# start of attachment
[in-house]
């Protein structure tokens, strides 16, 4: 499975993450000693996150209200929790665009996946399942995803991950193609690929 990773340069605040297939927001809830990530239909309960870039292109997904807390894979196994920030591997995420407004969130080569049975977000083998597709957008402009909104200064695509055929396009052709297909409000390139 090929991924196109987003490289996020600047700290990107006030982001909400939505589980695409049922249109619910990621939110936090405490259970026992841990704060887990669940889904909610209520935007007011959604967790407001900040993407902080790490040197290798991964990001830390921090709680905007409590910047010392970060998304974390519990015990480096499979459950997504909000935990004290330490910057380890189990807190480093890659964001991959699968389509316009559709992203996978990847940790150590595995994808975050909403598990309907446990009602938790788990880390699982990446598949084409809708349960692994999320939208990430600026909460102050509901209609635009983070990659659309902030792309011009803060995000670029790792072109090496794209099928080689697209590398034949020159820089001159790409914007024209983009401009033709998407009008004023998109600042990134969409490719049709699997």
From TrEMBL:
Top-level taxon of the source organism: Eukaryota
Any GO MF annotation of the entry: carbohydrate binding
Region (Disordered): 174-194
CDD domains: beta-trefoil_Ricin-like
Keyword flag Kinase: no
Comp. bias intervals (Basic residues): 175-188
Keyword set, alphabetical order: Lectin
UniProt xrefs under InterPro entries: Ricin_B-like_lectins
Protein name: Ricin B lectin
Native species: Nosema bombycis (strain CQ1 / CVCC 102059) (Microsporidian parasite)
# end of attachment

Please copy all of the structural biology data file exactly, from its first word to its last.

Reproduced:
[in-house]
């Protein structure tokens, strides 16, 4: 499975993450000693996150209200929790665009996946399942995803991950193609690929 990773340069605040297939927001809830990530239909309960870039292109997904807390894979196994920030591997995420407004969130080569049975977000083998597709957008402009909104200064695509055929396009052709297909409000390139 090929991924196109987003490289996020600047700290990107006030982001909400939505589980695409049922249109619910990621939110936090405490259970026992841990704060887990669940889904909610209520935007007011959604967790407001900040993407902080790490040197290798991964990001830390921090709680905007409590910047010392970060998304974390519990015990480096499979459950997504909000935990004290330490910057380890189990807190480093890659964001991959699968389509316009559709992203996978990847940790150590595995994808975050909403598990309907446990009602938790788990880390699982990446598949084409809708349960692994999320939208990430600026909460102050509901209609635009983070990659659309902030792309011009803060995000670029790792072109090496794209099928080689697209590398034949020159820089001159790409914007024209983009401009033709998407009008004023998109600042990134969409490719049709699997």
From TrEMBL:
Top-level taxon of the source organism: Eukaryota
Any GO MF annotation of the entry: carbohydrate binding
Region (Disordered): 174-194
CDD domains: beta-trefoil_Ricin-like
Keyword flag Kinase: no
Comp. bias intervals (Basic residues): 175-188
Keyword set, alphabetical order: Lectin
UniProt xrefs under InterPro entries: Ricin_B-like_lectins
Protein name: Ricin B lectin
Native species: Nosema bombycis (strain CQ1 / CVCC 102059) (Microsporidian parasite)